Divers discovered bottles in a shipwreck off the Finnish Aland archipelago in the Baltic Sea in 2010. After tasting the bottles on site, the divers realized they were likely drinking century-old champagne. Soon after, 168 unlabeled bottles were retrieved and were identified as champagnes from the Veuve Clicquot Ponsardin (VCP), Heidsieck, and Juglar (known as Jacquesson since 1832) champagne houses. A few of the recovered bottles had been lying horizontal in close-to-perfect slow aging conditions.
Discovery of these wines, likely the oldest ever tasted, unleashed a flood of questions. When were these wines produced? What winemaking processes were in use at the time? Where was the wine going when the shipwreck occurred?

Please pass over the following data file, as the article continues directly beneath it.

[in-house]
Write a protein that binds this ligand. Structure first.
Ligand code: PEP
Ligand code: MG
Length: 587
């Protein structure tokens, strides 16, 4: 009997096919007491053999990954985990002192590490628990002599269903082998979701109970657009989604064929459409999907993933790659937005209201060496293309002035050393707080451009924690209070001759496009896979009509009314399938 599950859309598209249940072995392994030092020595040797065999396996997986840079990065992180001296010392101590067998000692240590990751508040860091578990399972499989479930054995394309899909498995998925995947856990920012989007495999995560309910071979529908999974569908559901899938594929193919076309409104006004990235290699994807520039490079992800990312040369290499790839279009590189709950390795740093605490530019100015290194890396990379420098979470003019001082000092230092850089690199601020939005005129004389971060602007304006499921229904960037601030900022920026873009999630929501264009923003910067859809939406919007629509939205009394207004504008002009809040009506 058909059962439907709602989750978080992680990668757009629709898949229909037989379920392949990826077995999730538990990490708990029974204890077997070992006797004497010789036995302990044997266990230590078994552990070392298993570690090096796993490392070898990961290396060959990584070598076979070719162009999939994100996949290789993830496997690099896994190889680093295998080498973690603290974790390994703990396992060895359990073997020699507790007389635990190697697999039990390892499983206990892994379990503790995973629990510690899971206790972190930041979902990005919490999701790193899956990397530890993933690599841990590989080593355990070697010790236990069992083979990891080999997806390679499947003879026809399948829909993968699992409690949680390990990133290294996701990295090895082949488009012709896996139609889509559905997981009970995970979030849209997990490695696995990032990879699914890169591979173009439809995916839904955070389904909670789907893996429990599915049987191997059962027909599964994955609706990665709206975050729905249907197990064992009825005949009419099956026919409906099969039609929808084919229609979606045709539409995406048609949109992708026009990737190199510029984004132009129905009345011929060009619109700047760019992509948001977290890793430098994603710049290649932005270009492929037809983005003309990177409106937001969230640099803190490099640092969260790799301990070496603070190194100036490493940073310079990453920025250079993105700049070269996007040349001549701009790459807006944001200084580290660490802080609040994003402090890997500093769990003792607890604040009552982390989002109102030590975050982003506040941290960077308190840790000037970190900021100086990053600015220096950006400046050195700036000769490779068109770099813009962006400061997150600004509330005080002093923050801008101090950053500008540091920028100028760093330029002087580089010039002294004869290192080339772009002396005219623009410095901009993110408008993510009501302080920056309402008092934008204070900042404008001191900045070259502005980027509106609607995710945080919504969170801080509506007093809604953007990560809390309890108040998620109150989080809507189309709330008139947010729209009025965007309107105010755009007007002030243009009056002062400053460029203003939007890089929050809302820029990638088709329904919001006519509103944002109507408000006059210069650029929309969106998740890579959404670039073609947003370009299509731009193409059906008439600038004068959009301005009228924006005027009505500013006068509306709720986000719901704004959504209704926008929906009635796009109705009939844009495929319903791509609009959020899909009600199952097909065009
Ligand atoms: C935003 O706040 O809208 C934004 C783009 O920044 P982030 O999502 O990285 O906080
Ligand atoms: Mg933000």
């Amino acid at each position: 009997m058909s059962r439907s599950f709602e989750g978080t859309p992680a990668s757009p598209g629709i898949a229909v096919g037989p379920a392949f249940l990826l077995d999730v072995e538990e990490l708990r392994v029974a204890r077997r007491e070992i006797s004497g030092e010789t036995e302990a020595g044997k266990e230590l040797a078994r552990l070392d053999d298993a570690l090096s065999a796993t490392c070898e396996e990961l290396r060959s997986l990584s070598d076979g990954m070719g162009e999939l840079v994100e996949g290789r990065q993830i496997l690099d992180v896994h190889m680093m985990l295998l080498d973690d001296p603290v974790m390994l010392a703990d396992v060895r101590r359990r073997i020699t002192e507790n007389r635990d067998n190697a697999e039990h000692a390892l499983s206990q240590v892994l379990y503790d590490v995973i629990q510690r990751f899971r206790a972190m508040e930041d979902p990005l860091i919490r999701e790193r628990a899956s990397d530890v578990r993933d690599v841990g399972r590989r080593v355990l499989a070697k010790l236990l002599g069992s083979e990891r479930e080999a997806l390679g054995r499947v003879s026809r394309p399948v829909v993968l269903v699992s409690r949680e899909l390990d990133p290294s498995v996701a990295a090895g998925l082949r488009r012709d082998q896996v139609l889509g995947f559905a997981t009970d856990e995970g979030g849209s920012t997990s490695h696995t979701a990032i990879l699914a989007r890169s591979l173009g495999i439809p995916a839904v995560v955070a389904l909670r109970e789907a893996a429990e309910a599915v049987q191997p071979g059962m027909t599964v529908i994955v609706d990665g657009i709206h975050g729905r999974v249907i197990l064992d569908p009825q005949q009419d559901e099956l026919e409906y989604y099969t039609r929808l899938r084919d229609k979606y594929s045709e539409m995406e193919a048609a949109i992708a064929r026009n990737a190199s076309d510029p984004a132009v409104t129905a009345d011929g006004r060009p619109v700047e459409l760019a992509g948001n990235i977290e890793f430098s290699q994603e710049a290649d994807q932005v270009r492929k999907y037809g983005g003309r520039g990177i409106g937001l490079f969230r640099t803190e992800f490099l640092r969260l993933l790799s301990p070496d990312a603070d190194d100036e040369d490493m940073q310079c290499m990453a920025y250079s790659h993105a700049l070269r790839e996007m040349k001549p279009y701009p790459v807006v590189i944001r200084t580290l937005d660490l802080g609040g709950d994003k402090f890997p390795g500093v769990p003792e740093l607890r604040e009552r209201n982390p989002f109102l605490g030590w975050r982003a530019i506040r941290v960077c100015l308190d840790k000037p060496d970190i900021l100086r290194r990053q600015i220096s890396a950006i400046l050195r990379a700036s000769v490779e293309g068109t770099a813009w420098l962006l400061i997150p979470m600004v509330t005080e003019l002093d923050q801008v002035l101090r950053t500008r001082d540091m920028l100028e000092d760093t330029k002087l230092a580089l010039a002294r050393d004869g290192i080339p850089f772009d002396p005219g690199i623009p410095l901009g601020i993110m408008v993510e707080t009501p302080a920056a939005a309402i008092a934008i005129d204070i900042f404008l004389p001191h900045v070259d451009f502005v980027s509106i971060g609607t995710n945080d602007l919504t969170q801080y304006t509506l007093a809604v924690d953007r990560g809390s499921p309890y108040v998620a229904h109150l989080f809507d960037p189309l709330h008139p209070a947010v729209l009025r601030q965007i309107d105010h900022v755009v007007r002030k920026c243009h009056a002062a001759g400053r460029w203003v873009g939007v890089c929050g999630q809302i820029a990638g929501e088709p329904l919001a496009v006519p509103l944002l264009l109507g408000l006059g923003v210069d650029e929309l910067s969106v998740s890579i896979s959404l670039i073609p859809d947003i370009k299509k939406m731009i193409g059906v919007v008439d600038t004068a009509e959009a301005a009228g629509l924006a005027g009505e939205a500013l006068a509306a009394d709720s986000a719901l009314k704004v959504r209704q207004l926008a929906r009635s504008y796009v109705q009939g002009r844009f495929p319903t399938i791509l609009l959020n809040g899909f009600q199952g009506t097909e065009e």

A team of scientists gathered to search for the answers through the application of current analytical techniques, an approach called archaeochemistry. Using a combination of targeted and nontargeted modern chemical analytic approaches, the researchers aimed to uncover aspects of the winemaking practices.
The team tasted and analyzed three of the “Baltic Champagne” samples and compared them to three modern champagne samples from VCP. Elemental analyses alongside metabolomics and aroma analyses yielded a significant amount of data that, once analyzed, shed light on the champagne making process used in the 19th century. Read more…